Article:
250.204(e)—Human Capital Review (HCR)
To eliminate any confusion with the agency strategic review process, required by GPRA-MA (section 1116(f)), OPM is removing references of the word “strategic” from the title of the “Human Capital Strategic Reviews” and is now titling it the “Human Capital Reviews.” The intent and purpose of the reviews remains the same because only the title has changed.
Six agencies expressed concern that § 250.204(e) was confusing. Specifically, they stated that it did not clearly demonstrate agencies' roles and expectations as related to the HCSRs.
OPM removed all references to the HCRs from § 250.204 and placed it in a section dedicated to the HCR (§ 250.206), to enable quicker identification and understanding of the purpose of and intent for the HCRs. Section 250.204 has been renumbered in light of the removed language. OPM will publish guidance upon the publication of the final rule that specifies the roles and responsibilities of agencies as related to the HCRs.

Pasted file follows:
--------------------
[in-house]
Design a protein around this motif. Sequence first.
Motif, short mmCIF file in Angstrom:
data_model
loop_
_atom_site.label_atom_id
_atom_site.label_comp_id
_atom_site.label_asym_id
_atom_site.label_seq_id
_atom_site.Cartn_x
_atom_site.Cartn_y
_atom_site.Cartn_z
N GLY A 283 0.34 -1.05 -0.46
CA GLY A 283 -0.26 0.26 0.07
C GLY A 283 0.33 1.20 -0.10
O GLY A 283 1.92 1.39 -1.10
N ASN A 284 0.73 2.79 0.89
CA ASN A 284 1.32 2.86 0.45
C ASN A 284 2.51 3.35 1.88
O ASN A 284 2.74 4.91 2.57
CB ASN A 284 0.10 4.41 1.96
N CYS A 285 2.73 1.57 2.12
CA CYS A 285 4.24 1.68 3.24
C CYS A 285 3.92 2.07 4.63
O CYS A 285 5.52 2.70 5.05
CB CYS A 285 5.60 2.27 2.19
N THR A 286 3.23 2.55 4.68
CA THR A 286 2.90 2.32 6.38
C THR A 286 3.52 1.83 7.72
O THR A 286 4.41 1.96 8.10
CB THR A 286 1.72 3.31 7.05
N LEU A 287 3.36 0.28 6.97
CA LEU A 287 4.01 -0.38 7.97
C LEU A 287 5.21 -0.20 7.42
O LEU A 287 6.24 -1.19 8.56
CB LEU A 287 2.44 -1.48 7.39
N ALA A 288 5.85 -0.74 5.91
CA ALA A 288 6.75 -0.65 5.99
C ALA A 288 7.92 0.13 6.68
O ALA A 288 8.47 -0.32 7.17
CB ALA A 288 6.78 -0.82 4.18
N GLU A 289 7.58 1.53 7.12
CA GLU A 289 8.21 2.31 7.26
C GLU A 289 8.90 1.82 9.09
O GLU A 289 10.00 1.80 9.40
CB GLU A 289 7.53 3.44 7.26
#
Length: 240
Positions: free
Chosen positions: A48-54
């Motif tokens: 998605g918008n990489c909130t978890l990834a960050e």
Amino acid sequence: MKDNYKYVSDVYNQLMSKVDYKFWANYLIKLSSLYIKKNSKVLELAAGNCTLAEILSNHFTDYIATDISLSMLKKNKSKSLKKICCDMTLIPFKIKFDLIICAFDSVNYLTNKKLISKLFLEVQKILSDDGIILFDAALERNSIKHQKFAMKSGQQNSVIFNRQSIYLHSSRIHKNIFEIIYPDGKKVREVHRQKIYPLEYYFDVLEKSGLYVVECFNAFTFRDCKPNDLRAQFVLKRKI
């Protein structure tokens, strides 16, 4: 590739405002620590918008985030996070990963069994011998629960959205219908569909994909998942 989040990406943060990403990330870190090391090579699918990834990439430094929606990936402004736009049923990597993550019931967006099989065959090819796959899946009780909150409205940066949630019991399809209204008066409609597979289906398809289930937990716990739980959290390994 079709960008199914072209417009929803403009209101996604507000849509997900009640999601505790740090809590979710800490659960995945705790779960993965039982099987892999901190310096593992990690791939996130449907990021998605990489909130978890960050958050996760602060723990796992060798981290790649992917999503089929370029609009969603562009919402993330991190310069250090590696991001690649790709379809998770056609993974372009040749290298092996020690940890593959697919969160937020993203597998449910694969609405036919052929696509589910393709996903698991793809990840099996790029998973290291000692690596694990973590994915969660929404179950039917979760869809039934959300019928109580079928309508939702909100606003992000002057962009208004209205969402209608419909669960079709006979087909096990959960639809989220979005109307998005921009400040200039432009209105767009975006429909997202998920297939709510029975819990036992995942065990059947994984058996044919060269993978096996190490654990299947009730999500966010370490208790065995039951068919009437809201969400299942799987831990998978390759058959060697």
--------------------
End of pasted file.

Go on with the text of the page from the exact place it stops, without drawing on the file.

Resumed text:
Five agencies wanted a clear understanding of OPM's expectations regarding the HCRs.
As mentioned previously, OPM is required to “design a set of systems, including appropriate metrics, for assessing the management of human capital by Federal agencies” as noted within 5 U.S.C 1103(c). To enable OPM to capture critical information that will be used to formulate an assessment of human capital by Federal agencies, OPM is establishing the requirement for agencies to participate in annual HCRs. The reviews also serve as an opportunity for agencies to underscore their Start Printed Page 89362successful practices (that OPM would share with other agencies) while engaging in a discussion with OPM about suggested strategies that can address identified challenges.